It was five months ago that the Leviathan II capsized off the coast of Tofino, killing six of the 24 people aboard.
The tragedy rocked the whale watching industry and the tiny town of Tofino.
Today is the first day of Whale Festival in Tofino, an annual celebration of the arrival of the Grey Whale in our west coast waters.
After a long and mournful winter, the return of whale watching is more than welcome.
“The general feeling right now is anticipation, looking forward to getting the season under way,” said Tofino Mayor Josie Osbourne.
It’s the first time back on the water for Jamie’s Whaling Station since tragedy struck one of their boat’s last fall.
It was last October that a giant wave broadsided the 65-foot Leviathan II.
24 passengers were thrown into the frigid water, six passed away.
“It has certainly brought us closer together. A tragedy does bring people closer together. People are standing strong and and hopeful that we have a safe season,” said Gord Johns, Tofino resident and Member of Parliament for Counrtenay-Alberni.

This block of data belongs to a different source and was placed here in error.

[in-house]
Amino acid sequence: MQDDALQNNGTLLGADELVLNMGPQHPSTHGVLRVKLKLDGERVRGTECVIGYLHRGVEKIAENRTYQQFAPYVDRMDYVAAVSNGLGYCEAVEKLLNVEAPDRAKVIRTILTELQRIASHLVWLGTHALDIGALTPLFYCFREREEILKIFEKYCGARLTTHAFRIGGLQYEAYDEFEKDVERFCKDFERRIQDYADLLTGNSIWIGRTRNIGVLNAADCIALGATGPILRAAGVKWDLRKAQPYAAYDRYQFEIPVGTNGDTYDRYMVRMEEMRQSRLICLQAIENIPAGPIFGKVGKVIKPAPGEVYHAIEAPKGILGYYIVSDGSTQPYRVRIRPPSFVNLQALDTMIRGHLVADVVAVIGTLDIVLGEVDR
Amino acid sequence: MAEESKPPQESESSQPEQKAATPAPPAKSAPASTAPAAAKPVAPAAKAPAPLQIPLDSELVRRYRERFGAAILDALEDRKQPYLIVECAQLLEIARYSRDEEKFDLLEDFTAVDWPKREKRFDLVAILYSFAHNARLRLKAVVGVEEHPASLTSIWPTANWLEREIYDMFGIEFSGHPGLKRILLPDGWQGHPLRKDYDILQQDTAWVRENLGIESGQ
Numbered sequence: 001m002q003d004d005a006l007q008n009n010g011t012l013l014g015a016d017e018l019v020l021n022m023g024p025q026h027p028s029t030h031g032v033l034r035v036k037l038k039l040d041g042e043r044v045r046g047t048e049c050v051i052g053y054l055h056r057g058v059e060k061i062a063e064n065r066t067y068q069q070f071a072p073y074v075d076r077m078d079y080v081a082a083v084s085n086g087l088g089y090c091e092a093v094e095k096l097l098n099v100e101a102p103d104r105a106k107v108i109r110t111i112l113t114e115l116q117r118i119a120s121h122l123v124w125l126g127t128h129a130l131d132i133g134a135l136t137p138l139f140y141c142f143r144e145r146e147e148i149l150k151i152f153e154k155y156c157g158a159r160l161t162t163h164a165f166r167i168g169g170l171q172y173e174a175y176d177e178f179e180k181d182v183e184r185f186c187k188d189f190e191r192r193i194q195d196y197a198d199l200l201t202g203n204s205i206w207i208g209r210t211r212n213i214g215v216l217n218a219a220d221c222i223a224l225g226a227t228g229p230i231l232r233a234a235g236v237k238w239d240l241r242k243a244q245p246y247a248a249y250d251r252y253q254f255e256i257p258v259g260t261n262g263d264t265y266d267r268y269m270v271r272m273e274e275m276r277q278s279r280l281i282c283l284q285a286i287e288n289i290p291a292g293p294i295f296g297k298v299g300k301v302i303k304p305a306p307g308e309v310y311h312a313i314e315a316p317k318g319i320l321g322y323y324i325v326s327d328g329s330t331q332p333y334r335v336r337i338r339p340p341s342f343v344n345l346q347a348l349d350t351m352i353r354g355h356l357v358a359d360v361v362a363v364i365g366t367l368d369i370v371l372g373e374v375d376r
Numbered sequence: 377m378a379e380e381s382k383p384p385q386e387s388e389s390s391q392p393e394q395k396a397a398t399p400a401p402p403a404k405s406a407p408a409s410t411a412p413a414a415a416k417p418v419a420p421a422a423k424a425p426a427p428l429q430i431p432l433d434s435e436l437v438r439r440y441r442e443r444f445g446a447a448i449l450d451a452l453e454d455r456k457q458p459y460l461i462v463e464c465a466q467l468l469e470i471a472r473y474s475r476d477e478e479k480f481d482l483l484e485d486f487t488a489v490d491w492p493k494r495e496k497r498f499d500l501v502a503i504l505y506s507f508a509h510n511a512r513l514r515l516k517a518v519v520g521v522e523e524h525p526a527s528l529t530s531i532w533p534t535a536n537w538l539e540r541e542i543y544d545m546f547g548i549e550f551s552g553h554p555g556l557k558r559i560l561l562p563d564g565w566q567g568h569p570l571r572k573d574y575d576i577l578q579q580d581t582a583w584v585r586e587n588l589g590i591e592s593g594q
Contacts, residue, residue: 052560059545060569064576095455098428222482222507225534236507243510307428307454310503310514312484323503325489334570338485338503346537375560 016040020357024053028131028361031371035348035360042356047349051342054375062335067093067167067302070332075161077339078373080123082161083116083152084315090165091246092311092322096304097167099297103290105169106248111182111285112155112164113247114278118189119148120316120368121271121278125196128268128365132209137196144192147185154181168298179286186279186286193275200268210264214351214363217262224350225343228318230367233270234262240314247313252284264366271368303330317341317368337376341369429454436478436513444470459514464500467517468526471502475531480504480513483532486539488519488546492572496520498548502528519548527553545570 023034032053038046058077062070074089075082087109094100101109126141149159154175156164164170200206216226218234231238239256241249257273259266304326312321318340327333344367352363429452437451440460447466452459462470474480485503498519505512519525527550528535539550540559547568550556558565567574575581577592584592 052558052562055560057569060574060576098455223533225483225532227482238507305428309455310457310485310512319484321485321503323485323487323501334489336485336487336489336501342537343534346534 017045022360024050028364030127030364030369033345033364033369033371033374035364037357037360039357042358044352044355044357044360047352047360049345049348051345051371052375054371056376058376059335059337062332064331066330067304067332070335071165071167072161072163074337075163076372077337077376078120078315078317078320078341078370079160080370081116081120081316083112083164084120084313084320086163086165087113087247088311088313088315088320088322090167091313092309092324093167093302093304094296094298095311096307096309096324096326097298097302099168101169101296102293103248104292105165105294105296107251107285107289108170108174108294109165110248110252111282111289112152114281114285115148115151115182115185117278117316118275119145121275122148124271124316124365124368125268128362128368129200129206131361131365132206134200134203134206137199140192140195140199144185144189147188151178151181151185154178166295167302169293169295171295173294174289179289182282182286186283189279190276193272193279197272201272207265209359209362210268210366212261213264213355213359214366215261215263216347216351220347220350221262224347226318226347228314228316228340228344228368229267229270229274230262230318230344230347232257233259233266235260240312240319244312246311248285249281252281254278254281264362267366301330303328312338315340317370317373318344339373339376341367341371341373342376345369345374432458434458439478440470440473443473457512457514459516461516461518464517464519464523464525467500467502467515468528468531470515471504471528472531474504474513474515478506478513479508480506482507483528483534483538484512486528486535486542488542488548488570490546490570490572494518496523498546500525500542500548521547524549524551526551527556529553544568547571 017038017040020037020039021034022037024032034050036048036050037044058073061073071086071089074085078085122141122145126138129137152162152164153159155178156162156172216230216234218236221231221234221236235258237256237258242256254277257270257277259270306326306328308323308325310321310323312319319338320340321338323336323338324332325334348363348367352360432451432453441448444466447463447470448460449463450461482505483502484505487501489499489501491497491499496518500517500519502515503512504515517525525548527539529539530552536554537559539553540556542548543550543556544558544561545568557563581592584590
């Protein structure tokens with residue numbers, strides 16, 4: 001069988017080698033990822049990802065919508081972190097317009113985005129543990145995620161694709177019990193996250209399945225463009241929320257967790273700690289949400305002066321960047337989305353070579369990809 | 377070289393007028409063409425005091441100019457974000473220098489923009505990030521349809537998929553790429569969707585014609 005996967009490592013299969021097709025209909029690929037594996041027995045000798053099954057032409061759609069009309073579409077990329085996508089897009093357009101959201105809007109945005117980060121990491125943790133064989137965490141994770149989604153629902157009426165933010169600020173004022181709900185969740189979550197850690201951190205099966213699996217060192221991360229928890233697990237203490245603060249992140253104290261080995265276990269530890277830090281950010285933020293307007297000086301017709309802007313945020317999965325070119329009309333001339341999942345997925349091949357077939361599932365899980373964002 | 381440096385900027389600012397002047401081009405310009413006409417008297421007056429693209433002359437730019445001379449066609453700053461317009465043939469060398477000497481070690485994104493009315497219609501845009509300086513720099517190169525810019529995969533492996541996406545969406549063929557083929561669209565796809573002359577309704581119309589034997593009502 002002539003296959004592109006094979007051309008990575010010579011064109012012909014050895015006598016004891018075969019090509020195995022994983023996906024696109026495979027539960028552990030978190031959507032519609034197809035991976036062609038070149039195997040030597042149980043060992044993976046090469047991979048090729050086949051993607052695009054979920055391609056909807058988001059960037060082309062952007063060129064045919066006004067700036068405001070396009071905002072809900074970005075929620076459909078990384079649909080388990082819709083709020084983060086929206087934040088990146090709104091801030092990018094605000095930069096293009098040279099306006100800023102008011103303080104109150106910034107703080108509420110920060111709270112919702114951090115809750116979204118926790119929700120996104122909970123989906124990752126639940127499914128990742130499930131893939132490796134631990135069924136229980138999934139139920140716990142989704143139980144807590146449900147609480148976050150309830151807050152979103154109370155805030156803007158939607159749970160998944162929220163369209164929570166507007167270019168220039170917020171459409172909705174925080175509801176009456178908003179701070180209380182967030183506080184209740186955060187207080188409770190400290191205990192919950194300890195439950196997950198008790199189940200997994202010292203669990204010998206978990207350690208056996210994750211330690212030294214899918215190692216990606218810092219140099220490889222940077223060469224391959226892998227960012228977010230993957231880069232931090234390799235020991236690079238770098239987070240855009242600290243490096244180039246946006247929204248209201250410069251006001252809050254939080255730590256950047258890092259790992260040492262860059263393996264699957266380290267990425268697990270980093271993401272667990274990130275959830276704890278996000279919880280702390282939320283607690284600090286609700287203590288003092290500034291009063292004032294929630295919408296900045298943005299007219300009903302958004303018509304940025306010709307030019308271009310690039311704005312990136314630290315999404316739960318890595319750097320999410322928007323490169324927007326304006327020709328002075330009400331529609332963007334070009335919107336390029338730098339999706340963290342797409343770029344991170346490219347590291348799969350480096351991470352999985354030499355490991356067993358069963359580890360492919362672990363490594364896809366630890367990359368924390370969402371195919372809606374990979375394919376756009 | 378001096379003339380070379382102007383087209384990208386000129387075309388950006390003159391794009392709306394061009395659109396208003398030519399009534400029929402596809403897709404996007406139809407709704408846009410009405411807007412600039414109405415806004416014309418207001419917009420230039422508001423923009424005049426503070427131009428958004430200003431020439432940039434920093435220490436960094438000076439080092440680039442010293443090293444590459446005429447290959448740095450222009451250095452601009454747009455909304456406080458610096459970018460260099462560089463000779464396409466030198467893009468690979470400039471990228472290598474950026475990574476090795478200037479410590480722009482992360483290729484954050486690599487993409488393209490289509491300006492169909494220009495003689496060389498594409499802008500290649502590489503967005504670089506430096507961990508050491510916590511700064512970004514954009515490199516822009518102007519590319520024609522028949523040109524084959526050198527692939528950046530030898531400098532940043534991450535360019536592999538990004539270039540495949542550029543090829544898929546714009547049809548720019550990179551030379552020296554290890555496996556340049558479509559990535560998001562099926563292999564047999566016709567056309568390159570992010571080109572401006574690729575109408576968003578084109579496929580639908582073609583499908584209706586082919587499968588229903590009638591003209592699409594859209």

Now many here are wondering how all this will affect the local economy.
Whale watching is a 10 million dollar economic driver for the region.
But the mayor says that so far, bookings are as brisk as ever, “Bookings have been strong. Operators are telling me that they are already booking up well into summer.”
Meanwhile, the industry awaits a report from the Transportation Safety Board, which could shed more light on what happened that day, and recommend significant safety changes for whale watching operators.